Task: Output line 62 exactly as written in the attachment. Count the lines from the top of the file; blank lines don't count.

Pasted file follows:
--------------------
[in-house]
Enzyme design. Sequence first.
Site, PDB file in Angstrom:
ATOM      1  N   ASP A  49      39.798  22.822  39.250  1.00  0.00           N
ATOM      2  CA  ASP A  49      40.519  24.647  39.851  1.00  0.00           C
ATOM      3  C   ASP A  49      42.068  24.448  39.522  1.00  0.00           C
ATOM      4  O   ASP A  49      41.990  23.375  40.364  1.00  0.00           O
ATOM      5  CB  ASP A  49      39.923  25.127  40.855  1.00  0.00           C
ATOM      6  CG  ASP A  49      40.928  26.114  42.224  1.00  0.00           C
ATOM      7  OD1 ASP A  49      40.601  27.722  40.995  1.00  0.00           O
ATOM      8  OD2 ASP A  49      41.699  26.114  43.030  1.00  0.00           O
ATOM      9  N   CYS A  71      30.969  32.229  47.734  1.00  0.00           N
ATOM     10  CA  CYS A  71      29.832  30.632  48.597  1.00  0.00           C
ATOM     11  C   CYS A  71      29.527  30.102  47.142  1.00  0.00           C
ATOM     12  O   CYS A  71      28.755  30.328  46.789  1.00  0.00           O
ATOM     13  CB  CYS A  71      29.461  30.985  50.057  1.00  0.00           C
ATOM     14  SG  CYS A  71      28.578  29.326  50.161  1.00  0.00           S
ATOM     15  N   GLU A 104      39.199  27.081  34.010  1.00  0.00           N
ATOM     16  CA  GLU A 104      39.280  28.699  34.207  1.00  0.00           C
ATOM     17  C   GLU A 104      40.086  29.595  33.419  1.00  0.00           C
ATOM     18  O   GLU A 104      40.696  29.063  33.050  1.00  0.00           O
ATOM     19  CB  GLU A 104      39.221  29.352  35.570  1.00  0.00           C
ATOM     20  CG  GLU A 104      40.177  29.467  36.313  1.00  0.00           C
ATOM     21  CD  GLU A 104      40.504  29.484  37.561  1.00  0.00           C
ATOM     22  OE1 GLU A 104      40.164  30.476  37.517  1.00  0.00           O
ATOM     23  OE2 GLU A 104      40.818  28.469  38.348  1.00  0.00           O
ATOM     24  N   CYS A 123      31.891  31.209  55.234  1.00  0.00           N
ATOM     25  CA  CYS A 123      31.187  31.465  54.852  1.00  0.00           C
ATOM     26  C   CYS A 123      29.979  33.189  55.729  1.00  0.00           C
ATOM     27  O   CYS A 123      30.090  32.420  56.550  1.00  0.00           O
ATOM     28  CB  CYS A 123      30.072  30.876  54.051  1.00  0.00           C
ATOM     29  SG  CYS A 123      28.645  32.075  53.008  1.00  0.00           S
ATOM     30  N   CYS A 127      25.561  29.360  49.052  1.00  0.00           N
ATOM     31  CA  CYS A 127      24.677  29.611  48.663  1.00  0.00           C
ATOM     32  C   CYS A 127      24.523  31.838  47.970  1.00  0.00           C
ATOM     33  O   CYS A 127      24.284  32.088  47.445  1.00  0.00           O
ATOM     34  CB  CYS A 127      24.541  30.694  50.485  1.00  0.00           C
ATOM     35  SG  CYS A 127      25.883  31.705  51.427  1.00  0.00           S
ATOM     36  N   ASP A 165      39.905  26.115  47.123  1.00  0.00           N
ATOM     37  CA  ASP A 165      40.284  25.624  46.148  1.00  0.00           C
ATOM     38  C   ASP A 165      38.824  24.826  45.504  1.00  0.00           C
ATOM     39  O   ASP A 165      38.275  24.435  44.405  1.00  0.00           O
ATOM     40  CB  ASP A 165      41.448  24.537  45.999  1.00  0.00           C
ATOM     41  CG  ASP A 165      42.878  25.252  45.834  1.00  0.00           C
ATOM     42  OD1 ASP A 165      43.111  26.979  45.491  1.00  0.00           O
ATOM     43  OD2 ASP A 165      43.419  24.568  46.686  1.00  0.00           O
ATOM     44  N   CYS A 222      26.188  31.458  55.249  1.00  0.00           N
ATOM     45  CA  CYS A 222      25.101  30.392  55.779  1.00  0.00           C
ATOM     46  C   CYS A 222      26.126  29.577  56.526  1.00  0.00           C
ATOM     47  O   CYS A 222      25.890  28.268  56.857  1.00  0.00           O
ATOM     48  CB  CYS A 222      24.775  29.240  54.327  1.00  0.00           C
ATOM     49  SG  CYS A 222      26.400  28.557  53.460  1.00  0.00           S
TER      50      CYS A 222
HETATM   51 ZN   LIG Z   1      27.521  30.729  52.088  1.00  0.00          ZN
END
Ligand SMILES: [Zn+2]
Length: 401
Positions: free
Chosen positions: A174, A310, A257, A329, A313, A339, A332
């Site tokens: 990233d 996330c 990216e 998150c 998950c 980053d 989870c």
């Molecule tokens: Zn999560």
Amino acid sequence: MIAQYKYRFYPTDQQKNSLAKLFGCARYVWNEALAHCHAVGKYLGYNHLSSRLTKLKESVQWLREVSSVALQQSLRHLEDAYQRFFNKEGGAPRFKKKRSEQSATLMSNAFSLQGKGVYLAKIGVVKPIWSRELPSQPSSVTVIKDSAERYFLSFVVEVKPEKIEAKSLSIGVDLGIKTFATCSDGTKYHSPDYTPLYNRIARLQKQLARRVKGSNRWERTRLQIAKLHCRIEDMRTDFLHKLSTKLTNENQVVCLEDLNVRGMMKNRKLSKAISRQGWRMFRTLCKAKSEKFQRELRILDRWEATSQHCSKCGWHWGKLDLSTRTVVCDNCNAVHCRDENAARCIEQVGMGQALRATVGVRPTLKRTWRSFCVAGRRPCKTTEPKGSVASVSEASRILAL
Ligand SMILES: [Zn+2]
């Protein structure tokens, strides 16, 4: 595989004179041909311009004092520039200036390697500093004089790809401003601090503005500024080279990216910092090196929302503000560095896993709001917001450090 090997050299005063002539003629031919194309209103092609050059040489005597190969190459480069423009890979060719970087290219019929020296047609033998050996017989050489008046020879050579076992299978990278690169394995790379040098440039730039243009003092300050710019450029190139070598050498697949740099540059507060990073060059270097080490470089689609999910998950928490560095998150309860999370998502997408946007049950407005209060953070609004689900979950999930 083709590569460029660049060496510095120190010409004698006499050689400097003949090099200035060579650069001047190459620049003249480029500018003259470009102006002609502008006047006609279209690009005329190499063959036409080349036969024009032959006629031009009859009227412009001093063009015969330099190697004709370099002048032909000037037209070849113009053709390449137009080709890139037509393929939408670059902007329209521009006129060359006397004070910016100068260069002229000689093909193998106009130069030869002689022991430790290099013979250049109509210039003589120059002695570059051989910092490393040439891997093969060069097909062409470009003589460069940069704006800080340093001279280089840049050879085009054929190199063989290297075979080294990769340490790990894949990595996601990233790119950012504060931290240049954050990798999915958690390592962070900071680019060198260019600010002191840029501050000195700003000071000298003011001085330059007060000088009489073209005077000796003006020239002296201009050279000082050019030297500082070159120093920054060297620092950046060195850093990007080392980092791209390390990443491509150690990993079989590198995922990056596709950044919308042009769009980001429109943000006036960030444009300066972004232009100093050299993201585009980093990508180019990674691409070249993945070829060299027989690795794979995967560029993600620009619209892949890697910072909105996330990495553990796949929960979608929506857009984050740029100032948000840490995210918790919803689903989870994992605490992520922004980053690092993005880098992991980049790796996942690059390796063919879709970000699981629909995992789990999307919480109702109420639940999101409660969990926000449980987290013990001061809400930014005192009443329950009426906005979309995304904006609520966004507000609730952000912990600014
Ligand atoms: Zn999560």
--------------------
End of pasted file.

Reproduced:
Amino acid sequence: MIAQYKYRFYPTDQQKNSLAKLFGCARYVWNEALAHCHAVGKYLGYNHLSSRLTKLKESVQWLREVSSVALQQSLRHLEDAYQRFFNKEGGAPRFKKKRSEQSATLMSNAFSLQGKGVYLAKIGVVKPIWSRELPSQPSSVTVIKDSAERYFLSFVVEVKPEKIEAKSLSIGVDLGIKTFATCSDGTKYHSPDYTPLYNRIARLQKQLARRVKGSNRWERTRLQIAKLHCRIEDMRTDFLHKLSTKLTNENQVVCLEDLNVRGMMKNRKLSKAISRQGWRMFRTLCKAKSEKFQRELRILDRWEATSQHCSKCGWHWGKLDLSTRTVVCDNCNAVHCRDENAARCIEQVGMGQALRATVGVRPTLKRTWRSFCVAGRRPCKTTEPKGSVASVSEASRILAL